The ten-metre drawing Conscience of Revolt II 2011 by Locust Jones was created following the Arab Spring. The political instability of that time and the way it was reported in the Western news outlets is the subject of the work. Drawing with an expressive angry line, Jones depicts a tableau of disparate elements ranging from the comical to the brutal. These are presented as they appear on the news – given equal weight no matter how horrific or banal. Jones’s pen and wash re-presents this endless stream of information, and in doing so asks us to consider the way our understanding of the world is constructed through our exposure to the ‘news’.
In Laudanum Moffatt presents the erotically charged power dynamic between a white mistress and her Asian maid. The nineteen photogravure prints present a series of vignettes plucked from a longer narrative. In these Moffatt evokes the claustrophobic atmosphere of a mansion, where a maid performs demeaning tasks, presumably at the command of her mistress who is in a state of drug-induced delirium. The title Laudanum refers to the opiate drug widely prescribed to ‘hysterical’ women in the nineteenth century. Moffatt’s imagery is not specific to Australia, but rather can be read across a wide range of contexts where the brutality of colonialism continues to reverberate.
Walter J Anderson, Australia, 1868-1956, Gorge Picnic Place, c. 1890-95, Northern Territory, gelatin-silver photograph 15.0 x 10.8cm (image & sheet), Gift of Darryl Collins 2017 (Image: Art Gallery of South Australia, Adelaide)
Walter J Anderson’s work as a messenger and telegraph operator took him to many parts of South Australia and included extended postings in Kingston (1883-1886), Port Darwin (1889-1890), Katherine (1890-1895), and Adelaide (1895–1927/33). Anderson photographed the landscape and towns in which he lived, leaving a fascinating document of his travels to remote places, such as Katherine and the developing city of Port Darwin. His photographs depict well-known sites and figures and show the built incursions of white settlers on the land. Other photographs depict the domestic life of the photographer and his extended family.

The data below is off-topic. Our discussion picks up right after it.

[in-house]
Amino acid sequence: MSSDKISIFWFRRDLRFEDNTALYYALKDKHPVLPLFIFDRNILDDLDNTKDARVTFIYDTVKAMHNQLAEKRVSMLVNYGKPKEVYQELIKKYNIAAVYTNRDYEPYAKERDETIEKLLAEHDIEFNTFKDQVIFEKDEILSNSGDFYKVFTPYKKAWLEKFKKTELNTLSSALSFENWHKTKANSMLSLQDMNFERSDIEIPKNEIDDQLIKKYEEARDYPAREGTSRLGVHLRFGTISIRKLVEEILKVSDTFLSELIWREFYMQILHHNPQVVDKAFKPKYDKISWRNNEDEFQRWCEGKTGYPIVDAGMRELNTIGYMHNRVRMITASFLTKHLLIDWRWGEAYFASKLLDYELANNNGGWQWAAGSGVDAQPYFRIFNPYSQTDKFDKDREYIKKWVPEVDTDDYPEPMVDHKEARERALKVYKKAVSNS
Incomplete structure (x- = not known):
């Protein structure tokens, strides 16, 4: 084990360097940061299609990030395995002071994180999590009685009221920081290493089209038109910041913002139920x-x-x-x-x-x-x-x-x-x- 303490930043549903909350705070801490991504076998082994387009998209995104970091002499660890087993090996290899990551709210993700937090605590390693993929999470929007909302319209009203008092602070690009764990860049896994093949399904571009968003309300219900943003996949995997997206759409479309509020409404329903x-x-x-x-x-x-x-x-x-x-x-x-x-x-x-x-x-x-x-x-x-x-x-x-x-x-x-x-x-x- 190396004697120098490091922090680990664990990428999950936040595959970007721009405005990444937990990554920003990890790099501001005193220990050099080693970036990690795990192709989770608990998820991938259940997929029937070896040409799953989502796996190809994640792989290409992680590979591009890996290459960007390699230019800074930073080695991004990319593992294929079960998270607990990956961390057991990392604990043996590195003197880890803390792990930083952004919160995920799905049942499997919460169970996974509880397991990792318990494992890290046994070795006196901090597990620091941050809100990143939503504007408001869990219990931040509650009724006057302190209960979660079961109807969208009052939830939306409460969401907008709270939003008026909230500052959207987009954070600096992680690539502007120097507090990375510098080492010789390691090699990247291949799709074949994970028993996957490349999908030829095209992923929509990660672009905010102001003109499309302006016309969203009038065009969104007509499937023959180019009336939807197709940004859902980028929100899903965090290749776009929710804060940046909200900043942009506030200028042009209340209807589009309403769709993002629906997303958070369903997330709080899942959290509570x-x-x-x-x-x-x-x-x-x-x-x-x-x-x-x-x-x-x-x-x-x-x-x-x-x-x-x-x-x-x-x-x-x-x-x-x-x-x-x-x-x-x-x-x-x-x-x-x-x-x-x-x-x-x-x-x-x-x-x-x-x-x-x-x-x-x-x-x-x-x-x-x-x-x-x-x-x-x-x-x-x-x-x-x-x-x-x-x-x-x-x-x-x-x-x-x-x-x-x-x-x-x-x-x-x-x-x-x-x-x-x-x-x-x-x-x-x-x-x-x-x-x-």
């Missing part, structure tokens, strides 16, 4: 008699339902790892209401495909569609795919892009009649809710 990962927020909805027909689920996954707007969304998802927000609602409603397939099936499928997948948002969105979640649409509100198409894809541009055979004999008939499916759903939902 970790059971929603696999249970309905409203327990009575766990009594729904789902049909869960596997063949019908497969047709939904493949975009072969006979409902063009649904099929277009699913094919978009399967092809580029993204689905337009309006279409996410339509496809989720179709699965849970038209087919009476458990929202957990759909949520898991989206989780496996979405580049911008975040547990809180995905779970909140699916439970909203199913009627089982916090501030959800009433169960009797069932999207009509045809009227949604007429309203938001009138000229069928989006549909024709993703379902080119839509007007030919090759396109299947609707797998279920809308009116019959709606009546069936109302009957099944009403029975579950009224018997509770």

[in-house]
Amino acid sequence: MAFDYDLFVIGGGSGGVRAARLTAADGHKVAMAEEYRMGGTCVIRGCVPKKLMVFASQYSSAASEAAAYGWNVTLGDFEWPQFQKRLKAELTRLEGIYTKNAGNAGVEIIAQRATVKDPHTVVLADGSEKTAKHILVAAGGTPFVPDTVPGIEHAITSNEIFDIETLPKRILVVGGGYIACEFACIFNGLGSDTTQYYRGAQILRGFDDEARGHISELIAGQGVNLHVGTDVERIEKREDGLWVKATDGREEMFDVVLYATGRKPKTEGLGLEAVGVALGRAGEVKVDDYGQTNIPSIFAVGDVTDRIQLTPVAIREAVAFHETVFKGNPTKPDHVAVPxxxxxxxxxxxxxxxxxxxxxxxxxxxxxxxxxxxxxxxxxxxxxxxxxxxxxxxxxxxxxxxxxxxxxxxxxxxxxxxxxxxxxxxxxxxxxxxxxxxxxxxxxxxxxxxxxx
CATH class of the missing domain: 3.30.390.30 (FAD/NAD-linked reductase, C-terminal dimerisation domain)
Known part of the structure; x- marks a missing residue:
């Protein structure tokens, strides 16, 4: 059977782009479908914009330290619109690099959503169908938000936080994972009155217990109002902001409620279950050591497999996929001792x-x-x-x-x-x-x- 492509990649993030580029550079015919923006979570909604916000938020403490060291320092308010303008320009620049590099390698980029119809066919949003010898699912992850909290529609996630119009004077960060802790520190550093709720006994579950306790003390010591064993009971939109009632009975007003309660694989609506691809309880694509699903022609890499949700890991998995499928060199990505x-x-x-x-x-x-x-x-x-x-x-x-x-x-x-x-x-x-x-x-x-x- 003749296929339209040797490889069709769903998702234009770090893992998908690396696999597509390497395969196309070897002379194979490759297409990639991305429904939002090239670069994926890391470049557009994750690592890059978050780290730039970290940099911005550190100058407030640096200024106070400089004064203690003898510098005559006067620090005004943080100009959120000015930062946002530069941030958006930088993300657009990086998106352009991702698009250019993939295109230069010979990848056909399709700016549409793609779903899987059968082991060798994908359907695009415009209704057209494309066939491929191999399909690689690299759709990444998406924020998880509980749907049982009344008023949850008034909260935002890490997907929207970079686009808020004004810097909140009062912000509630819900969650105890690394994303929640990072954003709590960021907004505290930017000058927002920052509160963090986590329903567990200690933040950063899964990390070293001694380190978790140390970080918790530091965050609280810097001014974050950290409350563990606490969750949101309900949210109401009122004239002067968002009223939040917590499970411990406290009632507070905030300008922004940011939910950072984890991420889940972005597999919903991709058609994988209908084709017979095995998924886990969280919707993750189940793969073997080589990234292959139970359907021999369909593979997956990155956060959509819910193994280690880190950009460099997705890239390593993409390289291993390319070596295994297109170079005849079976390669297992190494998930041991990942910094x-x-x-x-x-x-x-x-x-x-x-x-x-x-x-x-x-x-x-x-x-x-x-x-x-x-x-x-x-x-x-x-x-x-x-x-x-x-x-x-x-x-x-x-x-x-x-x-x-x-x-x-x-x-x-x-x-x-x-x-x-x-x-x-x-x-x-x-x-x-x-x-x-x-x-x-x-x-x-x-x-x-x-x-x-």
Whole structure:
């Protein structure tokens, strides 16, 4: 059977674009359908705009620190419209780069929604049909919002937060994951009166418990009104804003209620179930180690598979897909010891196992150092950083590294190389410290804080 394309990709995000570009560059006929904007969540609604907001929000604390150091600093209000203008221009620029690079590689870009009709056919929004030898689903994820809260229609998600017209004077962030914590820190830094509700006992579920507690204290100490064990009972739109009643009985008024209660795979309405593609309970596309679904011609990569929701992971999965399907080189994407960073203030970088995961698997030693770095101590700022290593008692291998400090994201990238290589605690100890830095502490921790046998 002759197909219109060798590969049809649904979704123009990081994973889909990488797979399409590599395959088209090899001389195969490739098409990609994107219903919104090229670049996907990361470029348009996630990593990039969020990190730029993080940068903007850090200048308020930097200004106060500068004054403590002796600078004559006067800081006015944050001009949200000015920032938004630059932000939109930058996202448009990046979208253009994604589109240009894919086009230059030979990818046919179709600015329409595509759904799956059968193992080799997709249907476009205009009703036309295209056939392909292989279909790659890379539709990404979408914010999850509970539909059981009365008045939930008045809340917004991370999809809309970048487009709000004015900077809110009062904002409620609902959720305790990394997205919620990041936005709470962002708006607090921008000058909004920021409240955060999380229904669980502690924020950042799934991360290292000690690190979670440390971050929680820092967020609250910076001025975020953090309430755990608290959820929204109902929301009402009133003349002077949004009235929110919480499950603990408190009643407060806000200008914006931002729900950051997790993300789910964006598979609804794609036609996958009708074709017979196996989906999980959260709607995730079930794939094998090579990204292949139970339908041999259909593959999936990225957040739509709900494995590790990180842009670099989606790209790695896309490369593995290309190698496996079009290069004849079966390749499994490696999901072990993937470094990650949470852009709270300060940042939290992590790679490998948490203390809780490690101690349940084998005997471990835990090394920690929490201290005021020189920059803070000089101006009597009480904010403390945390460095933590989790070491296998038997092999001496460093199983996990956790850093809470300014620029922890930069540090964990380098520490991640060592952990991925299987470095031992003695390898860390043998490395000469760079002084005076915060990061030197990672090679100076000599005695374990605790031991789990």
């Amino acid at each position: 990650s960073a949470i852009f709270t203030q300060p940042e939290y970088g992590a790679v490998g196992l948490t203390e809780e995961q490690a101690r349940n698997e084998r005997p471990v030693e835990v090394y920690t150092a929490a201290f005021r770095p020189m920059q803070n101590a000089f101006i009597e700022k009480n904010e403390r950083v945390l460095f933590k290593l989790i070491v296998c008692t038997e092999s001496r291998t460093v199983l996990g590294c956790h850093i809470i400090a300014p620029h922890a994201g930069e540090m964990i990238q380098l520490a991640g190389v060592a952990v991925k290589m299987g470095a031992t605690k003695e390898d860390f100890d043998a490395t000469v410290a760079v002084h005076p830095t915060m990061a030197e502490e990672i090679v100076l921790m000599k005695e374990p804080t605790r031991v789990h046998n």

Benjamin Armstrong’s sculpture Crossing and two wash drawings open the exhibition Ways of Seeing. In the sculpture the gaze is given material form and looking is understood as an ordeal, a primal taboo. Armstrong’s placement of the eyeballs on a platform, with six delicate legs, is suggestive of Italian Renaissance representations of St Lucy, a martyr whose eyes were gouged out and who was often depicted holding them on a plate.
In 2015 Adelaide-based Drew created a series Real Australians Say Welcome. Posters from this project were produced in large edition numbers, and pasted up on buildings nationally. Images of the works in situ were shared widely and Drew’s progress around the country was followed by thousands through Facebook and Instagram.
Drew’s recent street poster project AUSSIE 2016 engages with Australia’s social history and highlights racial stereotyping. The works depict people who applied for exemption from the White Australia policy are depicted above the text ‘AUSSIE’, including portraits of Adelaide-born Dorothy Sym Choon and hawker Monga Khan.
Botanical illustration is an important tool for the scientific identification of plants. The six watercolours on display by South Australian artist Ronald Adams were commissioned to illustrate the definitive text, Flowering Plants of Australia, by B.D. Morley and H.R. Toelkan (1983). Adams’ images are essential to the text and conform to the expectations of botanical identification. Despite the widespread use of photography as a visual recording device since the nineteenth century, watercolour drawings remain essential to such books. This is due to the ability of artists to describe detail and texture as well as to distill information in drawn form.
Ways of Seeing
Art Gallery of South Australia
Gallerys 9, 10, 11
February 23 – April 22
Maria Zagala is Acting Curator of International Art, pre-1980 and Associate Curator of Prints, Drawings & Photographs
Get the latest from The Adelaide Review in your inbox
Get the latest from The Adelaide Review in your inbox